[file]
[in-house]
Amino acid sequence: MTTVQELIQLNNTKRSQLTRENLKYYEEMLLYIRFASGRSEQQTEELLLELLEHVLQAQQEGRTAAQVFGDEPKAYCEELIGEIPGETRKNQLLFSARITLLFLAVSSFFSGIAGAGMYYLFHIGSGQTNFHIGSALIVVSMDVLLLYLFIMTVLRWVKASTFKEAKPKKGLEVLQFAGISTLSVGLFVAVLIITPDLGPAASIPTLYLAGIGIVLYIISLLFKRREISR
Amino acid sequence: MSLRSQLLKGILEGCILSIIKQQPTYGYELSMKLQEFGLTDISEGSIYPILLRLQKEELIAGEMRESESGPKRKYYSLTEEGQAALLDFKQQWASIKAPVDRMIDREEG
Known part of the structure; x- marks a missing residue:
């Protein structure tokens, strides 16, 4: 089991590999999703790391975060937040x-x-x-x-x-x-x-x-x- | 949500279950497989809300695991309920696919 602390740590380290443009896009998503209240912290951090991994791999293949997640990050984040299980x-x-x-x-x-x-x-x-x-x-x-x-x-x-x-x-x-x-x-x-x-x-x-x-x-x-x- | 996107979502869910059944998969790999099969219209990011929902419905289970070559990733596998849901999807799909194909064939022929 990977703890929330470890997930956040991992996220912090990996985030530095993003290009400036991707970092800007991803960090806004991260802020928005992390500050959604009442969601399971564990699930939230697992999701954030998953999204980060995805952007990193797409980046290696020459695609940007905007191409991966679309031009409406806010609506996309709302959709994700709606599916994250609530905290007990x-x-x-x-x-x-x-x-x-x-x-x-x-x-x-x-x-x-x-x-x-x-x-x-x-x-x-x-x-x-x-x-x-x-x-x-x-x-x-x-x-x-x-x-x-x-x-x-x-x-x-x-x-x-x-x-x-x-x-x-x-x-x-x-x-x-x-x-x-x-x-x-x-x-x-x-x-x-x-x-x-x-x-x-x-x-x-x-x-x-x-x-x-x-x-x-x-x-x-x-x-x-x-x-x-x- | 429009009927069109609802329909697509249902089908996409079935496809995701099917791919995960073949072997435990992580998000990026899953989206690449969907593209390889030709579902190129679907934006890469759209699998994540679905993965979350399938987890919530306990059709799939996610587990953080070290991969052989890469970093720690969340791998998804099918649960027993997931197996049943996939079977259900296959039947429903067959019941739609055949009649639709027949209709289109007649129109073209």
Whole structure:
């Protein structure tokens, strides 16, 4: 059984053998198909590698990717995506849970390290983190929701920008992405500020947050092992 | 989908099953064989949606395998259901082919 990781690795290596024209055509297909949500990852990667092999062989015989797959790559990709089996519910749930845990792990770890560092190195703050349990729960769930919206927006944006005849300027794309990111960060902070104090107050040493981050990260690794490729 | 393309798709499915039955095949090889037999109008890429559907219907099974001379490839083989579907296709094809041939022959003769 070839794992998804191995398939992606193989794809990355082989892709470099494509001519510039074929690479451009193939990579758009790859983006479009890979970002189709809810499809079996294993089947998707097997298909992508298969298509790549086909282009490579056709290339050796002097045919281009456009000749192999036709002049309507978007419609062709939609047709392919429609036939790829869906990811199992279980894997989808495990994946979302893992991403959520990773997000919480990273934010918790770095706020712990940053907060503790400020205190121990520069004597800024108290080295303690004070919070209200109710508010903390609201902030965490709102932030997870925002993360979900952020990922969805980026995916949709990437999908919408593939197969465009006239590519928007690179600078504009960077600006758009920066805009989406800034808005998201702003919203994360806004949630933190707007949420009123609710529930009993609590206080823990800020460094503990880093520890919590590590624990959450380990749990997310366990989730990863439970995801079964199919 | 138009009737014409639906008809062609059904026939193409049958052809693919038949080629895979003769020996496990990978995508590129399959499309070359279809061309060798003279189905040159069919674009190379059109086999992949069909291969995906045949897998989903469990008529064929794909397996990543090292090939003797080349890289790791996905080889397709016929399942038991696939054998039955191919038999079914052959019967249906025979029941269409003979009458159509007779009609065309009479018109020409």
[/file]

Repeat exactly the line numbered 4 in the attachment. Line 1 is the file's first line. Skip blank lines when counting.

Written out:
Known part of the structure; x- marks a missing residue: